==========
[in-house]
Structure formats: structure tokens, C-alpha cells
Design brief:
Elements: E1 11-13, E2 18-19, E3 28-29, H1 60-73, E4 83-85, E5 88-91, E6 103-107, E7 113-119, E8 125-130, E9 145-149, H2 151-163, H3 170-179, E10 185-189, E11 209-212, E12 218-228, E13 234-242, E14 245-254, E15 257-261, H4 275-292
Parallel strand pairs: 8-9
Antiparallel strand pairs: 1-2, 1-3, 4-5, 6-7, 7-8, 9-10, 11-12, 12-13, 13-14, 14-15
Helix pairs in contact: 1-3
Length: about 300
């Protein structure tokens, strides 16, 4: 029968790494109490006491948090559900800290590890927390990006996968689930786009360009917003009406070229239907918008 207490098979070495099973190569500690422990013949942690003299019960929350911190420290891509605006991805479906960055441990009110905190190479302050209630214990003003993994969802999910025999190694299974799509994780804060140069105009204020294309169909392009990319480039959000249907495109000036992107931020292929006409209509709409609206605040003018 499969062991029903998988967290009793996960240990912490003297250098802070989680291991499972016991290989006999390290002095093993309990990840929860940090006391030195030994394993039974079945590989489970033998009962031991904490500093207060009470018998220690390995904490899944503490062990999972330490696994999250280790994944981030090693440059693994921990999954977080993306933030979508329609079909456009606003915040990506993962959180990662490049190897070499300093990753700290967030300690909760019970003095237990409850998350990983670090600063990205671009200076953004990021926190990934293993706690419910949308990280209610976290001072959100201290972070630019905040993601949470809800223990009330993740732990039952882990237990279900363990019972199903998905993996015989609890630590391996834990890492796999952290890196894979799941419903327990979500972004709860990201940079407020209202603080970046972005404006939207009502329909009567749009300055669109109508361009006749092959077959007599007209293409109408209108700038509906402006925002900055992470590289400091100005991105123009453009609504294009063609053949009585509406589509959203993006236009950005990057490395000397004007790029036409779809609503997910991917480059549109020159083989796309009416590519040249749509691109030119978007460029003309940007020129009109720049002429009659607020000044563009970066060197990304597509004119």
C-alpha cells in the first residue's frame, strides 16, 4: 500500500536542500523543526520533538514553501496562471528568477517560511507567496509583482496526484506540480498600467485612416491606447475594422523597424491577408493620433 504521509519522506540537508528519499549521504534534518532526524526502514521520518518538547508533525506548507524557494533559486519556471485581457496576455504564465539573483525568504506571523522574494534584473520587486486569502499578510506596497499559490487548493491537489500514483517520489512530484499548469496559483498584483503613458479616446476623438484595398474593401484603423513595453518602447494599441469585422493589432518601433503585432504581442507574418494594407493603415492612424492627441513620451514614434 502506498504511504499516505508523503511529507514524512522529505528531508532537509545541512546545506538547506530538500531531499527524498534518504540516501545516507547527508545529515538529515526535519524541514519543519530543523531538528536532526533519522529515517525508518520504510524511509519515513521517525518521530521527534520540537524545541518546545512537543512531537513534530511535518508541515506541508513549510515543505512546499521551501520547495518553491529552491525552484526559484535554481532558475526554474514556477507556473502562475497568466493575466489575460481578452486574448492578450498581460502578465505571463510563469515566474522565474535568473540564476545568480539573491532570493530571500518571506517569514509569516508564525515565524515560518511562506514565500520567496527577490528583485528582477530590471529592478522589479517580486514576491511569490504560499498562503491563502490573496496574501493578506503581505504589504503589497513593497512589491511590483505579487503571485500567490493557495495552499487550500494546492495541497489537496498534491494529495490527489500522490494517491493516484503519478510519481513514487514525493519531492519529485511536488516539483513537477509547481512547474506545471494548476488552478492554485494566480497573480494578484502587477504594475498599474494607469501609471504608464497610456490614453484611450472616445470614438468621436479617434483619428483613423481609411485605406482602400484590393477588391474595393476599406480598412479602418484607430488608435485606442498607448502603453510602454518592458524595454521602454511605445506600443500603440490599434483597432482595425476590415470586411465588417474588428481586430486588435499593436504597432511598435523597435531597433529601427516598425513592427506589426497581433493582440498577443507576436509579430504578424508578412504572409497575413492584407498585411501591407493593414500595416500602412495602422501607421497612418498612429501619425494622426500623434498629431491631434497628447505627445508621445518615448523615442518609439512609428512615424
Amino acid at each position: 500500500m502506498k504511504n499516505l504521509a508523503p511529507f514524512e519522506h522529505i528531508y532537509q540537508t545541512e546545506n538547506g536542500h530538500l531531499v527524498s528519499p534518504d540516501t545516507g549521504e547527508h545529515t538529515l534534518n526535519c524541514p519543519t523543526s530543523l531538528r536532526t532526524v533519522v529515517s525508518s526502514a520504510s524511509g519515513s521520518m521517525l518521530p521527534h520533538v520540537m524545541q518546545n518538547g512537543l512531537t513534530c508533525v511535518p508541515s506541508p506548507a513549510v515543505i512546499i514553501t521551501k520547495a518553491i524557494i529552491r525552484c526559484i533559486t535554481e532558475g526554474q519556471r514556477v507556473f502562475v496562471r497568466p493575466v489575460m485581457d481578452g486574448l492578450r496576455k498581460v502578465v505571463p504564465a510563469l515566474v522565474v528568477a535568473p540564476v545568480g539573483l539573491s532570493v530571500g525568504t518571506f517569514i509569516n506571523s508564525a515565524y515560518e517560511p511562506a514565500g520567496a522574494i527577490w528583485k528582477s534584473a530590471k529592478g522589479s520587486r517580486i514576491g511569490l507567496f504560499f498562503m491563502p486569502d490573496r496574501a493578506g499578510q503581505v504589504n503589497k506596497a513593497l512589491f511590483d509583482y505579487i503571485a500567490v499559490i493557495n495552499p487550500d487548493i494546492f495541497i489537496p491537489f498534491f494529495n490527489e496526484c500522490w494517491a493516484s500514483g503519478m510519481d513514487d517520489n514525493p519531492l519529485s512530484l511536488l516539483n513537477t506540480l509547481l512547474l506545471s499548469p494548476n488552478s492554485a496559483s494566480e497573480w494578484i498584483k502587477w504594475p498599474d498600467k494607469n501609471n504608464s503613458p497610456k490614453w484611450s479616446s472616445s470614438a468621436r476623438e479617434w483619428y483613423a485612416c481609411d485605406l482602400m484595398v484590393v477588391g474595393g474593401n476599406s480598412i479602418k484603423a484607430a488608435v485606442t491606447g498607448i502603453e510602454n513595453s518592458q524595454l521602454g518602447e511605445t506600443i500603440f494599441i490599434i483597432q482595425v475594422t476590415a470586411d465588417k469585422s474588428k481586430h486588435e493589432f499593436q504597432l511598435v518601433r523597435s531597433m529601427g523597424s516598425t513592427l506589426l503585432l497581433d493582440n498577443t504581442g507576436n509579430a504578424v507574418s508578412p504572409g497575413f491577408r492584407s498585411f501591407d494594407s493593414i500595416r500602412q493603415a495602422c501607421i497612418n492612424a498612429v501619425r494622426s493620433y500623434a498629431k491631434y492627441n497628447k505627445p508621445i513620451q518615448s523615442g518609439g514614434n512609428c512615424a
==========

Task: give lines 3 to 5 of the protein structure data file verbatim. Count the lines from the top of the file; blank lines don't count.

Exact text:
Design brief:
Elements: E1 11-13, E2 18-19, E3 28-29, H1 60-73, E4 83-85, E5 88-91, E6 103-107, E7 113-119, E8 125-130, E9 145-149, H2 151-163, H3 170-179, E10 185-189, E11 209-212, E12 218-228, E13 234-242, E14 245-254, E15 257-261, H4 275-292
Parallel strand pairs: 8-9